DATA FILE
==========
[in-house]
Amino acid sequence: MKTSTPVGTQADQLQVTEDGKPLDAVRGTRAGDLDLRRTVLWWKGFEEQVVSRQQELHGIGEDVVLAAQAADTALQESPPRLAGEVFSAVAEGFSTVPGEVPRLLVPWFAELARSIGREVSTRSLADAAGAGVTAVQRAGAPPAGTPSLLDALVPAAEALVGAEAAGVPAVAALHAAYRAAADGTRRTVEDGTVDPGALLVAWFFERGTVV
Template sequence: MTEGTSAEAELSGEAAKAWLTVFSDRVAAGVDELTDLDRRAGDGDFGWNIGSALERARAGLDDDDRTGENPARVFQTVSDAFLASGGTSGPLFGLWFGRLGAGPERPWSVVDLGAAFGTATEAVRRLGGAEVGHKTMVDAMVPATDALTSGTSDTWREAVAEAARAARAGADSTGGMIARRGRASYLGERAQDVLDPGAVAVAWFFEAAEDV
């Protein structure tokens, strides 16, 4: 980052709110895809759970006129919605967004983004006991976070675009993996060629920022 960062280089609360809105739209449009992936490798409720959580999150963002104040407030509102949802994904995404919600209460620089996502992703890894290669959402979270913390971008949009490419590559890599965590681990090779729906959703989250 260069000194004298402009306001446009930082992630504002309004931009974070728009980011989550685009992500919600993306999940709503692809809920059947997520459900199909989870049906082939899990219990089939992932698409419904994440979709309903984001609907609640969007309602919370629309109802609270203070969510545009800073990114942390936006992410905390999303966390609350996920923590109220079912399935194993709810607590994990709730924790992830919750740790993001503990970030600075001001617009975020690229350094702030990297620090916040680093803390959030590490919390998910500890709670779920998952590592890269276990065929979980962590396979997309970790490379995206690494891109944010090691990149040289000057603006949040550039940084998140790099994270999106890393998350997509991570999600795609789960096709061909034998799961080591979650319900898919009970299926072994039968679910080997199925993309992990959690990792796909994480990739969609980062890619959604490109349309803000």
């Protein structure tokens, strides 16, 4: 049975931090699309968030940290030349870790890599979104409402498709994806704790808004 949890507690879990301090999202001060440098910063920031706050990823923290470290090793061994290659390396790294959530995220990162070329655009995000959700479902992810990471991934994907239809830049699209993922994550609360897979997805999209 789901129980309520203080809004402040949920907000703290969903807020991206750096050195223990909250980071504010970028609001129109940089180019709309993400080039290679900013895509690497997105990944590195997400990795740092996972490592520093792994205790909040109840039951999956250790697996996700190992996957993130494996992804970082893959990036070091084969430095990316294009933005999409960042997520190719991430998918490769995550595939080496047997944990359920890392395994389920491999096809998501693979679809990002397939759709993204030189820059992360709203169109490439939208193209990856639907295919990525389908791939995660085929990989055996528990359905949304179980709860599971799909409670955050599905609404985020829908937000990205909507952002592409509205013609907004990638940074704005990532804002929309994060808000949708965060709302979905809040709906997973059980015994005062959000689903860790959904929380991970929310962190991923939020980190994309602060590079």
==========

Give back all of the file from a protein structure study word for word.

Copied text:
[in-house]
Amino acid sequence: MKTSTPVGTQADQLQVTEDGKPLDAVRGTRAGDLDLRRTVLWWKGFEEQVVSRQQELHGIGEDVVLAAQAADTALQESPPRLAGEVFSAVAEGFSTVPGEVPRLLVPWFAELARSIGREVSTRSLADAAGAGVTAVQRAGAPPAGTPSLLDALVPAAEALVGAEAAGVPAVAALHAAYRAAADGTRRTVEDGTVDPGALLVAWFFERGTVV
Template sequence: MTEGTSAEAELSGEAAKAWLTVFSDRVAAGVDELTDLDRRAGDGDFGWNIGSALERARAGLDDDDRTGENPARVFQTVSDAFLASGGTSGPLFGLWFGRLGAGPERPWSVVDLGAAFGTATEAVRRLGGAEVGHKTMVDAMVPATDALTSGTSDTWREAVAEAARAARAGADSTGGMIARRGRASYLGERAQDVLDPGAVAVAWFFEAAEDV
């Protein structure tokens, strides 16, 4: 980052709110895809759970006129919605967004983004006991976070675009993996060629920022 960062280089609360809105739209449009992936490798409720959580999150963002104040407030509102949802994904995404919600209460620089996502992703890894290669959402979270913390971008949009490419590559890599965590681990090779729906959703989250 260069000194004298402009306001446009930082992630504002309004931009974070728009980011989550685009992500919600993306999940709503692809809920059947997520459900199909989870049906082939899990219990089939992932698409419904994440979709309903984001609907609640969007309602919370629309109802609270203070969510545009800073990114942390936006992410905390999303966390609350996920923590109220079912399935194993709810607590994990709730924790992830919750740790993001503990970030600075001001617009975020690229350094702030990297620090916040680093803390959030590490919390998910500890709670779920998952590592890269276990065929979980962590396979997309970790490379995206690494891109944010090691990149040289000057603006949040550039940084998140790099994270999106890393998350997509991570999600795609789960096709061909034998799961080591979650319900898919009970299926072994039968679910080997199925993309992990959690990792796909994480990739969609980062890619959604490109349309803000």
């Protein structure tokens, strides 16, 4: 049975931090699309968030940290030349870790890599979104409402498709994806704790808004 949890507690879990301090999202001060440098910063920031706050990823923290470290090793061994290659390396790294959530995220990162070329655009995000959700479902992810990471991934994907239809830049699209993922994550609360897979997805999209 789901129980309520203080809004402040949920907000703290969903807020991206750096050195223990909250980071504010970028609001129109940089180019709309993400080039290679900013895509690497997105990944590195997400990795740092996972490592520093792994205790909040109840039951999956250790697996996700190992996957993130494996992804970082893959990036070091084969430095990316294009933005999409960042997520190719991430998918490769995550595939080496047997944990359920890392395994389920491999096809998501693979679809990002397939759709993204030189820059992360709203169109490439939208193209990856639907295919990525389908791939995660085929990989055996528990359905949304179980709860599971799909409670955050599905609404985020829908937000990205909507952002592409509205013609907004990638940074704005990532804002929309994060808000949708965060709302979905809040709906997973059980015994005062959000689903860790959904929380991970929310962190991923939020980190994309602060590079």